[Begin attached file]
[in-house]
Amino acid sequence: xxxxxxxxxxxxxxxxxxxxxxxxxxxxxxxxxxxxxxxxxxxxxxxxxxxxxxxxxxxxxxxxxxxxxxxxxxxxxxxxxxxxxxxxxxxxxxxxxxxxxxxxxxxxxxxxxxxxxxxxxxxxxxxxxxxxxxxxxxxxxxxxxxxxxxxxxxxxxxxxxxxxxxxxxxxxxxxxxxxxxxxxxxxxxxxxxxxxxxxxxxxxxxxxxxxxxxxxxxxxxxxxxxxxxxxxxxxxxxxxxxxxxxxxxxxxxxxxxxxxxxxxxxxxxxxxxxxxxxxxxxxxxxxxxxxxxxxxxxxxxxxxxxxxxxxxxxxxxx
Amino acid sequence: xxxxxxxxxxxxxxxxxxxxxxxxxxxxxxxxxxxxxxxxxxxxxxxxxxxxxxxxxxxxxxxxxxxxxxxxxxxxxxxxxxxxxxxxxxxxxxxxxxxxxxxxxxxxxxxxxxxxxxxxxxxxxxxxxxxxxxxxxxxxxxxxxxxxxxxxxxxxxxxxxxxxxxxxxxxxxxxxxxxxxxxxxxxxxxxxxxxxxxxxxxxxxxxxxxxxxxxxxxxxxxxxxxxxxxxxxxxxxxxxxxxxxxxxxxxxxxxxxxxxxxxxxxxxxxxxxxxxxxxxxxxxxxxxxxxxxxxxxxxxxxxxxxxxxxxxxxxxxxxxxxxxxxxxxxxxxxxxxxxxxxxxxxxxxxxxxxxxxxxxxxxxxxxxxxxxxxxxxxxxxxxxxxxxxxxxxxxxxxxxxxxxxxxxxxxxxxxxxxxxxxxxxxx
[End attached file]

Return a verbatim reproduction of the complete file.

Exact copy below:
[in-house]
Amino acid sequence: xxxxxxxxxxxxxxxxxxxxxxxxxxxxxxxxxxxxxxxxxxxxxxxxxxxxxxxxxxxxxxxxxxxxxxxxxxxxxxxxxxxxxxxxxxxxxxxxxxxxxxxxxxxxxxxxxxxxxxxxxxxxxxxxxxxxxxxxxxxxxxxxxxxxxxxxxxxxxxxxxxxxxxxxxxxxxxxxxxxxxxxxxxxxxxxxxxxxxxxxxxxxxxxxxxxxxxxxxxxxxxxxxxxxxxxxxxxxxxxxxxxxxxxxxxxxxxxxxxxxxxxxxxxxxxxxxxxxxxxxxxxxxxxxxxxxxxxxxxxxxxxxxxxxxxxxxxxxxx
Amino acid sequence: xxxxxxxxxxxxxxxxxxxxxxxxxxxxxxxxxxxxxxxxxxxxxxxxxxxxxxxxxxxxxxxxxxxxxxxxxxxxxxxxxxxxxxxxxxxxxxxxxxxxxxxxxxxxxxxxxxxxxxxxxxxxxxxxxxxxxxxxxxxxxxxxxxxxxxxxxxxxxxxxxxxxxxxxxxxxxxxxxxxxxxxxxxxxxxxxxxxxxxxxxxxxxxxxxxxxxxxxxxxxxxxxxxxxxxxxxxxxxxxxxxxxxxxxxxxxxxxxxxxxxxxxxxxxxxxxxxxxxxxxxxxxxxxxxxxxxxxxxxxxxxxxxxxxxxxxxxxxxxxxxxxxxxxxxxxxxxxxxxxxxxxxxxxxxxxxxxxxxxxxxxxxxxxxxxxxxxxxxxxxxxxxxxxxxxxxxxxxxxxxxxxxxxxxxxxxxxxxxxxxxxxxxxx